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I tried to do an exercise from my textbook where I have to apply the Thèvenin theorem, but can't solve it. I got stuck at one point.

Given the circuit in the picture find the I current by using the Thèvenin theorem.

schematic

simulate this circuit – Schematic created using CircuitLab

I found \$R_{Th}\$ and \$v_{Th}\$ first.

(a) To find \$R_{Th}\$, I powered off all independent voltage generators (that is \$E\$) and so I found \$R_{Th}=\frac{R*R_1}{R+R_1}\$

(b) To find \$v_{Th}\$ I applied the voltage divider: \$v_{Th}=E \frac{R_1}{R_1+R}\$

schematic

simulate this circuit

After this I got the Thèvenin equivalent circuit:

schematic

simulate this circuit

And now I don't know how to proceed. Maybe I'm wrong with the above calculations too. The text says to try to solve it with the Norton equivalent circuit too. I'll sorry in advance for the triviality, but I'm doing a basic course at college and I've never did it before. So, please, be comprehensive. Thanks who will reply.

EDIT: So, I managed to do it till the point to calculate \$R_{eq}\$ and \$v_{eq}\$. Finally I got this circuit:

schematic

simulate this circuit

Where \$R_{Th}=\frac{R R_1}{R+R_1}\$, \$v_{Th}=E\frac{R}{R+R_1}\$ and \$R=R_3+\frac{R_4R_5}{R_4+R_5}+R_6\$

Now I have: \$v_{AB}=R_{Th}i_1+v_{TH}=-R_{Th}i_2+v_{TH} => i_2=-\frac{v_{AB}-v_{Th}}{R_{Th}}\$, but the book report in the solution that \$I=i_2=\frac{v_{Th}}{R_{Th}+R_2}\$. Why is that?

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2 Answers 2

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I think you're misreading the problem. If I understand you right, you're breaking the circuit on the left side of R3 and R6, then finding the Thevenin equivalent of E, R1, and R2. But what you're supposed to do is break the circuit above and below R2, then find the Thevenin equivalent of E, R1, and R3-R6. You're "looking into" the same terminals that R2 is connected to.

Also, is R3 really 1000 ohms? That looks like a typo.

Edit: I can't go into much more detail without just giving you the answer. You already know the basic steps:

  1. Disconnect R2 from the circuit.
  2. Determine the voltage between nodes A and B. This is Vth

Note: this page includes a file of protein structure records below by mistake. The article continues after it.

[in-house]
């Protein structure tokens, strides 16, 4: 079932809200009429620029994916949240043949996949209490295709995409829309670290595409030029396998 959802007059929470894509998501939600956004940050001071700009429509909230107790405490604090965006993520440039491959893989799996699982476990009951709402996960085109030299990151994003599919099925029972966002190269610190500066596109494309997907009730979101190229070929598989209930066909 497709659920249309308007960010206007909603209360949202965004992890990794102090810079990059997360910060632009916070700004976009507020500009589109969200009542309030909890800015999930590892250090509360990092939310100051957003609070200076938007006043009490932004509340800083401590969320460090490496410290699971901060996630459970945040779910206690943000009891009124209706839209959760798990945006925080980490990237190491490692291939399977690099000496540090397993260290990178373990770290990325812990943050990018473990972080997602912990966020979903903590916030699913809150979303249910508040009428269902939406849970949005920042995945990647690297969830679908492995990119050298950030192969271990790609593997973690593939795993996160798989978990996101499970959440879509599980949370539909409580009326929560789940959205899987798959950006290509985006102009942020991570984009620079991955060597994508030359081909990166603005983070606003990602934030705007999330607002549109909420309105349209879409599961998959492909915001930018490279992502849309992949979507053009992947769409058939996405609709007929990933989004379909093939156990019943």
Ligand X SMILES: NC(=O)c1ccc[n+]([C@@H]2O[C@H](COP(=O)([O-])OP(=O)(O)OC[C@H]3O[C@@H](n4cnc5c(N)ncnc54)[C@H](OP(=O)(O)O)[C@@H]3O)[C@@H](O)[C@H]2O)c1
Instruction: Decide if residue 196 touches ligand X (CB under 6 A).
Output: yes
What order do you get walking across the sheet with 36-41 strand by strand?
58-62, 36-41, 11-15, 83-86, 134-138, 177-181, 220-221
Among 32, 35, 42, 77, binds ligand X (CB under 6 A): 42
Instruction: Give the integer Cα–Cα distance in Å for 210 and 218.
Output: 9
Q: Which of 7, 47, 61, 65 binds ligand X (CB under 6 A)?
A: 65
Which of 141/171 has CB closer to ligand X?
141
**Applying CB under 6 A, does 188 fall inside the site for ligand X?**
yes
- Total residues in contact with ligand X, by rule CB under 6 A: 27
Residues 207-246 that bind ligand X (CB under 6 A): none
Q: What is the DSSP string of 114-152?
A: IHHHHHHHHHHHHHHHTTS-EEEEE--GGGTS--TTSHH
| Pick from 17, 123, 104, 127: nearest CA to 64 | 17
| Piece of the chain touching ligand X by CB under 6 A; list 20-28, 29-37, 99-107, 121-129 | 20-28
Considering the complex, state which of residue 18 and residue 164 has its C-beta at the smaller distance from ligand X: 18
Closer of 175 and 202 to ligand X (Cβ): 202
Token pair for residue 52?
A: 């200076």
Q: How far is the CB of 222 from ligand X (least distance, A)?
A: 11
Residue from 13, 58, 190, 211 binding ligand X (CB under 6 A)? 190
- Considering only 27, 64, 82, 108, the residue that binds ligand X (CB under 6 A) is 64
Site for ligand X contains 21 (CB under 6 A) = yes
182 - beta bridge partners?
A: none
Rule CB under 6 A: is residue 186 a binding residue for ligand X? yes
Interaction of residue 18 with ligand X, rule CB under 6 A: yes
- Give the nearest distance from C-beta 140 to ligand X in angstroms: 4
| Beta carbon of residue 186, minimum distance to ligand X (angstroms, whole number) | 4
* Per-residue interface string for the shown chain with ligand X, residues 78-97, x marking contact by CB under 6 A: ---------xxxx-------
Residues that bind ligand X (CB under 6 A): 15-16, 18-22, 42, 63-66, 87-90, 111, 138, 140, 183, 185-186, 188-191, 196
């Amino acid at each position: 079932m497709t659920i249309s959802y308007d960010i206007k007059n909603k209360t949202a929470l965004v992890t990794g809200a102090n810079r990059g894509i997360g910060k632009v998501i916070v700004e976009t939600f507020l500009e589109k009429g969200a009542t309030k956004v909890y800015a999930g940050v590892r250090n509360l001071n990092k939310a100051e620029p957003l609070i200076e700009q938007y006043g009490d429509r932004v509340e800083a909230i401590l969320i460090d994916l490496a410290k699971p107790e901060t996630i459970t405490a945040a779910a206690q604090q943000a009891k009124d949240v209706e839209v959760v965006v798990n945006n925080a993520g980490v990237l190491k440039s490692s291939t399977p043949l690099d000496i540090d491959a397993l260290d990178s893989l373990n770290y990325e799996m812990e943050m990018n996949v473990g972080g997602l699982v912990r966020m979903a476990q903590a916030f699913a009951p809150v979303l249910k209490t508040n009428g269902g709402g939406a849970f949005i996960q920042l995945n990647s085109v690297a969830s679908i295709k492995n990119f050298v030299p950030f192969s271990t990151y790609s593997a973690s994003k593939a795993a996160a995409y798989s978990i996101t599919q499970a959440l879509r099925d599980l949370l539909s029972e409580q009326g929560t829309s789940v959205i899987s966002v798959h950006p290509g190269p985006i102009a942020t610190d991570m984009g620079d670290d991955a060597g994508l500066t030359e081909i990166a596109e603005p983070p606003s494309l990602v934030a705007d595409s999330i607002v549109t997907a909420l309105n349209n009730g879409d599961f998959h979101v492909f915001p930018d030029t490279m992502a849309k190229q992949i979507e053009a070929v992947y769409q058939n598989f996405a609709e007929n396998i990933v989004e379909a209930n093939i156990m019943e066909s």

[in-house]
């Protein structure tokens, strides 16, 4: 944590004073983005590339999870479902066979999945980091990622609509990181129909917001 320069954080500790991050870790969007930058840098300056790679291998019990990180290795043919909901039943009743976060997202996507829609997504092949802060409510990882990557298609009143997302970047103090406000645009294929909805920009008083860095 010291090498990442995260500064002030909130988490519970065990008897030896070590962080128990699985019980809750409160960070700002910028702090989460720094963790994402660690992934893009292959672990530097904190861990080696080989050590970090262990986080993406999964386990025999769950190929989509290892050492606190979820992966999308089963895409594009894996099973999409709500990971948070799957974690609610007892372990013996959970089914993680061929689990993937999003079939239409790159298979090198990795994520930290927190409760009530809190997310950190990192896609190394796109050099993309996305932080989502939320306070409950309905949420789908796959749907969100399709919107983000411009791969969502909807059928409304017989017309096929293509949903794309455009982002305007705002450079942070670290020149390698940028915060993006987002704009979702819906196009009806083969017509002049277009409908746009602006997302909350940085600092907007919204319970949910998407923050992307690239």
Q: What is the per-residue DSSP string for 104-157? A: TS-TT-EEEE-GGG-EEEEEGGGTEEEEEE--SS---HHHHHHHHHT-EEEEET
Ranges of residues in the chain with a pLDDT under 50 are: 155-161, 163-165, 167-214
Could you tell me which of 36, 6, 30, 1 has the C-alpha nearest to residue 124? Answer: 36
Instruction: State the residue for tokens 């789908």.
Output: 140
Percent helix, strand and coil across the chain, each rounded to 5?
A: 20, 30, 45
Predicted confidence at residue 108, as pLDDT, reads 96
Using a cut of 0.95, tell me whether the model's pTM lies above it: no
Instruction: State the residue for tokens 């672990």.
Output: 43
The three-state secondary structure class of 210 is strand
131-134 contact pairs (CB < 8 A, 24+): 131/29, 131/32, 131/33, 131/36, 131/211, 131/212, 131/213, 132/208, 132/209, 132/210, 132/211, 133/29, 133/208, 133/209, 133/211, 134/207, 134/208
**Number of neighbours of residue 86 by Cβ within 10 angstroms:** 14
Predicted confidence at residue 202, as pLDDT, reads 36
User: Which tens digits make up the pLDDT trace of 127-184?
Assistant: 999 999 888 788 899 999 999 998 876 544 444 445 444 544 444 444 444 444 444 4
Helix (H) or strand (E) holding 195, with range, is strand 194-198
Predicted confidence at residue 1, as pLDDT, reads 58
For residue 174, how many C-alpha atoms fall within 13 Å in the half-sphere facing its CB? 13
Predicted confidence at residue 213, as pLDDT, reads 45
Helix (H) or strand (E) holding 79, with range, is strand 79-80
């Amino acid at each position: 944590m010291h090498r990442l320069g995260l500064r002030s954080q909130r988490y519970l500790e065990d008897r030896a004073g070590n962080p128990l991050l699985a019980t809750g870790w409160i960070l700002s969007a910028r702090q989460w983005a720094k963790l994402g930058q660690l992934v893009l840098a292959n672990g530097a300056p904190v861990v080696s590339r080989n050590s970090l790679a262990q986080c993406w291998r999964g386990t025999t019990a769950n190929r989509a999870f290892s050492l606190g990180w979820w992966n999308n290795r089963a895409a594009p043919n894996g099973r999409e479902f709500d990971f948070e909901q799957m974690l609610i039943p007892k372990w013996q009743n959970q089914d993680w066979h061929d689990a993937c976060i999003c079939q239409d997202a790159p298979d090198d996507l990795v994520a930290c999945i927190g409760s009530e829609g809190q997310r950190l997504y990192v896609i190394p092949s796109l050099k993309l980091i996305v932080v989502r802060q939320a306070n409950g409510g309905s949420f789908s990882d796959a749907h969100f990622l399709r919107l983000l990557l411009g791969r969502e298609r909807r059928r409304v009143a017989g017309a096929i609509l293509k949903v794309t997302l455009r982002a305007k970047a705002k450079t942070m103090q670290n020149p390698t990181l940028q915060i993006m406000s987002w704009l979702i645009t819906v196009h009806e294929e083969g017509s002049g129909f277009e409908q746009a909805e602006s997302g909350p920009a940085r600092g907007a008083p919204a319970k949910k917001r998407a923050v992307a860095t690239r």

3. Deactivate E, then determine the resistance between nodes A and B. This is Rth.
  4. Now you have a Thevenin equivalent circuit. Attach R2 to it, then compute the current.

Most of the actual work is combining series and parallel resistors, which you should already know how to do.

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  • \$\begingroup\$ Not a typo. Can you explain me step-by-step,please? \$\endgroup\$
    – sl34x
    Nov 13, 2014 at 22:41
  • \$\begingroup\$ I added some more detail to my answer. \$\endgroup\$
    – Adam Haun
    Nov 14, 2014 at 1:12
  • \$\begingroup\$ Could you please explain me that last thing, above after the "EDIT:" ? \$\endgroup\$
    – sl34x
    Nov 14, 2014 at 14:18
  • \$\begingroup\$ Your formulas for Rth and Vth are correct. You then got: $$i2 = \frac{Vth - VAB}{Rth}$$ which is true but not useful. You don't need to know VAB to find the current. You have a voltage source in series with two resistors, so: $$I = \frac{V}{\Sigma R}$$ That's what your book did. The equivalent circuit is a voltage divider, so if you want to find VAB you can use the standard formula. \$\endgroup\$
    – Adam Haun
    Nov 14, 2014 at 15:25
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Depending on the exact situation, you could be overthinking this.

If this were a real world problem, you would immediately notice that R3 is so large compared to all other resistances that the current thru R3 is irrelevant. You can therefore discard everything in series with R3, which leaves just the voltage source, R1, and R2. Now solving for the current becomes trivial. You don't even need to invoke Thevening to do it. You simply divide the voltage divided by the sum of the two resistors.

If this is a engineering course and was presented in a word problem intended to be more real-life, then this may be exactly the solution the professor is looking for. Note that assuming 1% accuracy of the resistors yields more slop than ignoring the current thru R3. The point may be more to teach engineering than the details of the electronics in this case. That is actually a important lesson that engineering students need to learn.

Even if the problem is more theoretical, you can use the above to get a good and quick approximation of the answer. If your ultimate theoretical answer isn't close, then you did something wrong.

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  • \$\begingroup\$ I didn't notice it. Thanks for the hint! \$\endgroup\$
    – sl34x
    Nov 14, 2014 at 19:01

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